Algorithmic discrimination occurs when automated systems contribute to unjustified disparate treatment of individuals based on their race, sex, ethnicity or other classification protected by law. There is a rebuttable presumption that a developer or deployer of an AI system used reasonable care if they complied with the specific provisions of the act. These requirements as they relate to deployers are discussed further below.

Under SB24-205, deployers that use AI, among many requirements, must: 

  1. Implement a risk management policy and program for the AI system. The risk management policy and program must be systematically reviewed and updated over the life cycle of the AI system.
  2. Complete an impact assessment of the AI system
  3. Review the deployment annually to ensure the AI system is not causing algorithmic discrimination
  4. Notify the consumer if the AI system makes, or will be a substantial factor in making, a consequential decision concerning the consumer
  5. Provide the consumer an opportunity to appeal an adverse consequential decision arising from the deployment of an AI system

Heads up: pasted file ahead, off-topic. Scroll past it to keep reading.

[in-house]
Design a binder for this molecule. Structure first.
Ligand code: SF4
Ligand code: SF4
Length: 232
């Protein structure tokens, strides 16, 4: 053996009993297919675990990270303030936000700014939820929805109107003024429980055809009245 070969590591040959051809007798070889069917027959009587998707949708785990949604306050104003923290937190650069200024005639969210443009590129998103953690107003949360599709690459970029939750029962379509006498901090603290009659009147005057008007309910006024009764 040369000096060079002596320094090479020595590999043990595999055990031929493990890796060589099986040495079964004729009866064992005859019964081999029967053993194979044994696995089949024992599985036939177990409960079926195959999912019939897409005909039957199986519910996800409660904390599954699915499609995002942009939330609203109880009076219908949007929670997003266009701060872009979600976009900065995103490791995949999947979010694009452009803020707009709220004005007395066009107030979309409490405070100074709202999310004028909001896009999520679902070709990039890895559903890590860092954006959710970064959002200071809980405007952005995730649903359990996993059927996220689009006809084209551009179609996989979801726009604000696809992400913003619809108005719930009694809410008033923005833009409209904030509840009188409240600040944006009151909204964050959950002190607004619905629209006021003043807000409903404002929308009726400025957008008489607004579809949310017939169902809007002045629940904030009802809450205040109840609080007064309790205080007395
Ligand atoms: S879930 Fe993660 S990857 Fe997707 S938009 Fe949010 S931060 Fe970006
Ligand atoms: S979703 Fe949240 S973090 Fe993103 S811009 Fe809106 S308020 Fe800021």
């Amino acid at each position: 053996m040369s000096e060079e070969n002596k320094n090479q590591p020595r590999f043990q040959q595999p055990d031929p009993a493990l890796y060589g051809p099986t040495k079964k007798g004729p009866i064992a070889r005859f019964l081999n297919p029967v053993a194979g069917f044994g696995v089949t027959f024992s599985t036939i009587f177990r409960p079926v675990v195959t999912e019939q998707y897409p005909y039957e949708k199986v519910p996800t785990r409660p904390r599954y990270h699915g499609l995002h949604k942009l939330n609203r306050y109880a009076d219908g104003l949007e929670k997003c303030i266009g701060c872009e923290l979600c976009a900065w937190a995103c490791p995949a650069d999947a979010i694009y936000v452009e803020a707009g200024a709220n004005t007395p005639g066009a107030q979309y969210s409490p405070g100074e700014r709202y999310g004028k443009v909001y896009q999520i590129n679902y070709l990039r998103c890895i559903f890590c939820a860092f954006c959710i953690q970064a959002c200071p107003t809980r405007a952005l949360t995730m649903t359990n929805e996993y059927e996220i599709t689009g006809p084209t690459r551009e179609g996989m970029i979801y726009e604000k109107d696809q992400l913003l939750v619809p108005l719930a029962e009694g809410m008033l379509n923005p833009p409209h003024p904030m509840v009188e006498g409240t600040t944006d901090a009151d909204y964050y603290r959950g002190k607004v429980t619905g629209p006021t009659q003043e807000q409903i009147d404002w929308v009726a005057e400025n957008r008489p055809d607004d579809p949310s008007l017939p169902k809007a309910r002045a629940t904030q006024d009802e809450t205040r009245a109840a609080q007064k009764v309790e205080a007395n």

6. Make a publicly available statement summarizing the types of AI systems the deployer currently deploys and how they manage known and foreseeable risks of algorithmic discrimination
  7. Disclose to the attorney general the discovery of algorithmic discrimination within 90 days after the discovery

Any individual doing business in the state that deploys and makes available an AI system must ensure that they disclose to each consumer who interacts with the system that they are interacting with an AI system. SB24-205 also provides an affirmative defense to potential violators if they are in compliance with a nationally or internationally recognized risk management framework for AI systems. Finally, individuals in industries such as insurance and banking will be in full compliance if they are subject to and abide by specific laws governing their respective industries. 


Employers should note the effective date of these changes, review employment policies and template agreements, and contact an employment attorney with any questions related to compliance. 

Summer associate Tristan T. Verghese contributed to this update.

The material contained in this communication is informational, general in nature and does not constitute legal advice. The material contained in this communication should not be relied upon or used without consulting a lawyer to consider your specific circumstances. This communication was published on the date specified and may not include any changes in the topics, laws, rules or regulations covered. Receipt of this communication does not establish an attorney-client relationship. In some jurisdictions, this communication may be considered attorney advertising.